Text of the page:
— From EF —

Well, wow. I’m home. It was a great trip, I didn’t lose anything, I didn’t get my pockets picked, and I can still walk. (Sorta.) I landed Friday evening, we wasted no time before hauling ass to the ocean Saturday, and this being Sunday we made the ritual rounds to Hard Core Espresso and the Farmers’ Market. The sixth of the month is the regular day for me to pay the bills and Tuesday we’re going to plunge back into Lear rehearsals, but first there’s a slam-dunk Labor Day party at the home of friends who still believe in volleyball. Yup, back home.

I really did need going to the ocean, because I didn’t get my usual fix on this trip. My normal ritual includes getting on a ferryboat and going to Belle Isle, then walking around some part of that gorgeous rocky coast. Not this time, just a morning’s walk to the very tip of the Quiberon peninsula. Yes, Mama Ocean lives there too, but she was definitely in quiet mode, arrayed in white sand and condos.

I didn’t get to my giant solitary stone at Carnac, either. En route, I met an unusual family on a woodland path and chose to spend the middle of the afternoon with them, and I’m glad I did. A father, widower, with his three children — a girl about to turn thirteen and a younger sister and brother, probably about eleven and nine. Their mother died last year after a valiant struggle with cancer, enduring the hardships of chemo in hopes of gaining more time. But at least she died at home, holding her husband’s hand as she slipped quietly away. She was forty-nine.

He is now a full-time father. The combination of his wife’s pension benefits and what he has accrued in early retirement means that with frugality, he is, in his own words, a billionaire, a man wealthy with time. They were staying at the Carnac campground, getting from place to place on foot, taking their time. The young son has become the family’s map-master, the younger daughter is the chief photographer, and the elder daughter digs out information about what surrounds them. Their father’s job? They call him The Dreamer.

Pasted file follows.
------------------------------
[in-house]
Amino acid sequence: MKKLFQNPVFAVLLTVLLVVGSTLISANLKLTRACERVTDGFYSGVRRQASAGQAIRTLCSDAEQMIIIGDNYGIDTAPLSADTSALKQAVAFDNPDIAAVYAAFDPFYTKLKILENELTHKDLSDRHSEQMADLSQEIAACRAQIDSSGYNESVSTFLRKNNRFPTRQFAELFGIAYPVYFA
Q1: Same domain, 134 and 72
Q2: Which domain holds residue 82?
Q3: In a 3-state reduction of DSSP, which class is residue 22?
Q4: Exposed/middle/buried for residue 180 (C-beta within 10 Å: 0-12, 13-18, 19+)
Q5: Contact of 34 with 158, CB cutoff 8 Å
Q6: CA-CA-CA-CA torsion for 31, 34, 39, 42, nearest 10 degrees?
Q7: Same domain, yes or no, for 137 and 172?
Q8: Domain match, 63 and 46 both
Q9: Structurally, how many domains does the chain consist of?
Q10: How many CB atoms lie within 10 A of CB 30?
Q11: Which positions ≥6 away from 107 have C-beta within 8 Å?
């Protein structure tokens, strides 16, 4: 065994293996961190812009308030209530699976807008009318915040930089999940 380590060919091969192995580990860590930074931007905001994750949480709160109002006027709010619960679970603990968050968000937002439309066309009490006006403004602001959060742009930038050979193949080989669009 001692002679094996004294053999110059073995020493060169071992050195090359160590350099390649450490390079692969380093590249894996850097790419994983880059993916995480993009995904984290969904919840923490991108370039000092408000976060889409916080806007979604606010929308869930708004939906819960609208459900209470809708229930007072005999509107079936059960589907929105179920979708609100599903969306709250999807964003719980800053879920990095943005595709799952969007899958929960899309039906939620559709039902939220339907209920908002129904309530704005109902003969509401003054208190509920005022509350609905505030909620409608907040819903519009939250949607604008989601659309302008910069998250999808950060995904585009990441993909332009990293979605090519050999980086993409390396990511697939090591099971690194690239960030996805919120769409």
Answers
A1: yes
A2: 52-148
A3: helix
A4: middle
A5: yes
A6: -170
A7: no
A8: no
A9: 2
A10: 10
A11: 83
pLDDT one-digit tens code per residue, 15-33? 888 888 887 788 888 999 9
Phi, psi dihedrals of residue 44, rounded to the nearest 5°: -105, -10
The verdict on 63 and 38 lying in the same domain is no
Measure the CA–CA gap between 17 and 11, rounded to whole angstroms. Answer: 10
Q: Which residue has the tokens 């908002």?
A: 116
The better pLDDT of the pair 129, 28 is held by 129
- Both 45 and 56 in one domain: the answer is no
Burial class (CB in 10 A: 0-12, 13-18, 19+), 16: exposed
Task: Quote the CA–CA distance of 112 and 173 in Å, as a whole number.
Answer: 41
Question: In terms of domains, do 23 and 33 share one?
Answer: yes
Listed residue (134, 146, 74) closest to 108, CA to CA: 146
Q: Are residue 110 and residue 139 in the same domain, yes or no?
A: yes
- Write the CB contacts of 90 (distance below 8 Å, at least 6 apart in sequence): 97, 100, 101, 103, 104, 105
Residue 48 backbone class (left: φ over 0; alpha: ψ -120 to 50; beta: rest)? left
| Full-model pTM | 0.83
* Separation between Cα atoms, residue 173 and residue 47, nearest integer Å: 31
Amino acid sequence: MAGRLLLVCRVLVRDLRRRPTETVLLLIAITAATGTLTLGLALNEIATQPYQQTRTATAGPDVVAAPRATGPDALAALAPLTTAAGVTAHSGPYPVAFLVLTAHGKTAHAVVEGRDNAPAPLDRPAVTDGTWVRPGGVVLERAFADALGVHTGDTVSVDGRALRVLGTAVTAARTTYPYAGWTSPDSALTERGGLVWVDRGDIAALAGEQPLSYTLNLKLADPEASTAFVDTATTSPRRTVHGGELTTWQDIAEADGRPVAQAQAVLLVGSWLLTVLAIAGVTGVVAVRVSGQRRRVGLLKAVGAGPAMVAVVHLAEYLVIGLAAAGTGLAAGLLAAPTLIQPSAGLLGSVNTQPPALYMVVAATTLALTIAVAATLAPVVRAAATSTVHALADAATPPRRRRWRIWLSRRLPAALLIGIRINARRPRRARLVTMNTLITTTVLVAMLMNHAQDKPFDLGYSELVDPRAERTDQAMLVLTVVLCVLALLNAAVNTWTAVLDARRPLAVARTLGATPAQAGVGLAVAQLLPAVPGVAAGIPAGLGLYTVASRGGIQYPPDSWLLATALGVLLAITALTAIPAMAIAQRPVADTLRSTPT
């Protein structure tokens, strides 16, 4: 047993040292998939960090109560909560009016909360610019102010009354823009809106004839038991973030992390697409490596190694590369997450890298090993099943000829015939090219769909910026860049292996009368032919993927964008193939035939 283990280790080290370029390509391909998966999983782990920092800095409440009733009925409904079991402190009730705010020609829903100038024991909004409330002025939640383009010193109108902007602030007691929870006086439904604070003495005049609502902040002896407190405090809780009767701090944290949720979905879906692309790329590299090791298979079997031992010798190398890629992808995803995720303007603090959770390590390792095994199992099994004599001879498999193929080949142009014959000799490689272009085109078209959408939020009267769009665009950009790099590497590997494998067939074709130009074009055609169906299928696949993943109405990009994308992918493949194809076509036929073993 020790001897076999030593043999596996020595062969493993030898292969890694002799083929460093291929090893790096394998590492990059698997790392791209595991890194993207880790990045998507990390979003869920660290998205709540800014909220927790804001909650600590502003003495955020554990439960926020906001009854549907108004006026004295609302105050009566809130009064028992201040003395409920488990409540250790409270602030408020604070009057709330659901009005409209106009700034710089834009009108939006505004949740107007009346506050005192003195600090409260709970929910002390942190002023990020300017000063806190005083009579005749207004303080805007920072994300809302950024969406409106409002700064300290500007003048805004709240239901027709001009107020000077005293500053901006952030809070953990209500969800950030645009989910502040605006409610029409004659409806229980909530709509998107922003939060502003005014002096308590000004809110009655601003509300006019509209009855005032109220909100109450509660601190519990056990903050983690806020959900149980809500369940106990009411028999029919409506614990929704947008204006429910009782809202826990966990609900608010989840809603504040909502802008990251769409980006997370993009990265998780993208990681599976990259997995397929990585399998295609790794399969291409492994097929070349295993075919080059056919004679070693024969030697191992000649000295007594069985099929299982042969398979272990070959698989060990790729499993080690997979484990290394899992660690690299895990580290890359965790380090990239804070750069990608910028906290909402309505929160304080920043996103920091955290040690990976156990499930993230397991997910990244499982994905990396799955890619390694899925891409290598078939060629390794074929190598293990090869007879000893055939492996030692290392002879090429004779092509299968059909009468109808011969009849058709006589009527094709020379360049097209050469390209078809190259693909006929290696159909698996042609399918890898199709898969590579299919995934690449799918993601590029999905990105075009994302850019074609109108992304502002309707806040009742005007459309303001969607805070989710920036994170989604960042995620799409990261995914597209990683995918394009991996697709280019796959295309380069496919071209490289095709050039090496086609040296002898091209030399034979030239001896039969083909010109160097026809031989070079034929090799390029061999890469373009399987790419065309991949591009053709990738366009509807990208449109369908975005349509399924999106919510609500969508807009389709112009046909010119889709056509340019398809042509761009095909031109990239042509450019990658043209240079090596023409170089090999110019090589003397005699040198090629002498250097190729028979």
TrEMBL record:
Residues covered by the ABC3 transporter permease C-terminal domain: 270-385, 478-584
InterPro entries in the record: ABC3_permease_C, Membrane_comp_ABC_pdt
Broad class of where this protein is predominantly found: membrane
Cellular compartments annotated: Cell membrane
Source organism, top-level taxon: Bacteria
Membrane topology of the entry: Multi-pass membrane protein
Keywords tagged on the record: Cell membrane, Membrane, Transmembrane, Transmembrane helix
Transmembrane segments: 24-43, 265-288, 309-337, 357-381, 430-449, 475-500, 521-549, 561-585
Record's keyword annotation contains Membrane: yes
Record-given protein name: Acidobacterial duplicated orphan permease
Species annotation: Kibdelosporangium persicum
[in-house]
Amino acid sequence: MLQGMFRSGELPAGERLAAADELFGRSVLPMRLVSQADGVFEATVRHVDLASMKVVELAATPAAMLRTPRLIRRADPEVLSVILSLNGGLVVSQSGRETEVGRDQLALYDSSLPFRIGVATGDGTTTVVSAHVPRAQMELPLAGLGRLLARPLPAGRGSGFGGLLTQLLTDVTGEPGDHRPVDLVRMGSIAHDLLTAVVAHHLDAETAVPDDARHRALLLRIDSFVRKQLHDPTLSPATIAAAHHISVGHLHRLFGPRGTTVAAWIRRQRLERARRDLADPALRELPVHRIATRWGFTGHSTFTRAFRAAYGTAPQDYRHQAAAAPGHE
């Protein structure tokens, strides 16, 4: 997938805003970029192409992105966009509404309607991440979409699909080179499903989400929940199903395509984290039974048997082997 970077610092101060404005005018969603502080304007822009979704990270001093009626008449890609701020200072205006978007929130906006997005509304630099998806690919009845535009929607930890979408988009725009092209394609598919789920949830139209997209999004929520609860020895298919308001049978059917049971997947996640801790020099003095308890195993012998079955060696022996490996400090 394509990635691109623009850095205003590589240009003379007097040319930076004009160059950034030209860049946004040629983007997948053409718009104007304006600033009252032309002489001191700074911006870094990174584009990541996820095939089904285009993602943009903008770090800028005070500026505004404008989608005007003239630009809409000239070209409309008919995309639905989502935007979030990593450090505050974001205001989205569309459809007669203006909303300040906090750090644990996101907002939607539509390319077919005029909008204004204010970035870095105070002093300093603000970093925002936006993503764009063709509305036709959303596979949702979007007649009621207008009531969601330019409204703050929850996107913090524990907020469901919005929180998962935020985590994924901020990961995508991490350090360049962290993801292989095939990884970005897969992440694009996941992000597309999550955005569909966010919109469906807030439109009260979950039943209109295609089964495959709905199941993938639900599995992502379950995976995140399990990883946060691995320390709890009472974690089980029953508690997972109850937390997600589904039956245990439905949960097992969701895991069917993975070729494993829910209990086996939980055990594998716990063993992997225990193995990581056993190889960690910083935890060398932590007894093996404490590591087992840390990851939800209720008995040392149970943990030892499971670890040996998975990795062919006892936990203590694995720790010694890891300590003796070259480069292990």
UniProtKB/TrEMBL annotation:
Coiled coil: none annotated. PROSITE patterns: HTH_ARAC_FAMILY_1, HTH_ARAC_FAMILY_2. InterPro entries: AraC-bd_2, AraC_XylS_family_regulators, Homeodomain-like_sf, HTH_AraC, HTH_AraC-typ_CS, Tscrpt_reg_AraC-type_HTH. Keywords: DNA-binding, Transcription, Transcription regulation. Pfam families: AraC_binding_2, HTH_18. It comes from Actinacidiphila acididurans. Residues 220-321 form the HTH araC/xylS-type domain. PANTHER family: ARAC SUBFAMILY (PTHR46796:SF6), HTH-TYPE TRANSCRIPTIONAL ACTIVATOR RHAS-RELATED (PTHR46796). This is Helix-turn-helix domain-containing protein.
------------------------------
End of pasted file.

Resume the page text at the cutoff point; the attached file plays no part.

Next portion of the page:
It was a lively conversation among five equal participants. At heart, I’m sure my stone approved.

— From the Fool —

 Once in school we had to write a poem. This was third grade, I think. So I sat there watching the clock, which was about two o’clock and hours to go before we got out at three.

The teacher said it didn’t have to rhyme, but my brain kept running over moon and June and night and light and love and shove and spinning its wheels like when my dad got stuck in the mud, only without the swear words.

And then I got the sudden inspiration. I’d never had an inspiration before, where something came into the head like a bug flying into your ear, but I guess that’s what happened to artists like Vincent Van Gogh till they cut off their ears.

The cow sat there. This seemed very poetic because I’d never seen a cow sitting somewhere. They stood around or they lay down, but their butts weren’t shaped for sitting. Poetry was stuff you just made up, which is what I did.

I knew it had to be longer, but I was on a roll. It shed a tear. But then I hit one of those speed bumps in English where tear looks like tear, and people would think I meant the cow tore its pants, so I crossed out the line and sat there watching the clock go down and then start its very long trudge uphill while the cow just sat there.

The teacher saw I was having trouble, so she asked Herman the smart boy to help me. He was into video games and suggested A bomb blew it up but I thought we might get in trouble because it wasn’t our cow. So I left it like that and Miss Young called it a haiku and gave it a B-.

I still think it’s the best thing I ever wrote.

— From CB —

From time to time, I write a spate of haiku. Perhaps it’s an antidote to writing novels: shorter by far. Perhaps it’s a way of sneaking up on writing longer poems, which I’ve done on rare occasions but find deeply intimidating. Perhaps it’s a quick hunger for living in the moment. Perhaps it’s a furtive lust for doing something with no clear purpose whatever. Sometimes I’ve kept to the traditional 5-7-5 structure; now, in keeping with contemporary AmerEnglish practice, I let it be what it will. In any case, disavowing all purpose, here are a few:

holocaust
and morning coffee bind
two old friends

deep fog
white-haired cyclist
blinkering

robocall:
agent standing by
biting her lip

my son looks at me
his baby eyes
at forty-two

nursing mother
skimming the news
headlines across her face

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© Bishop & Fuller 2015

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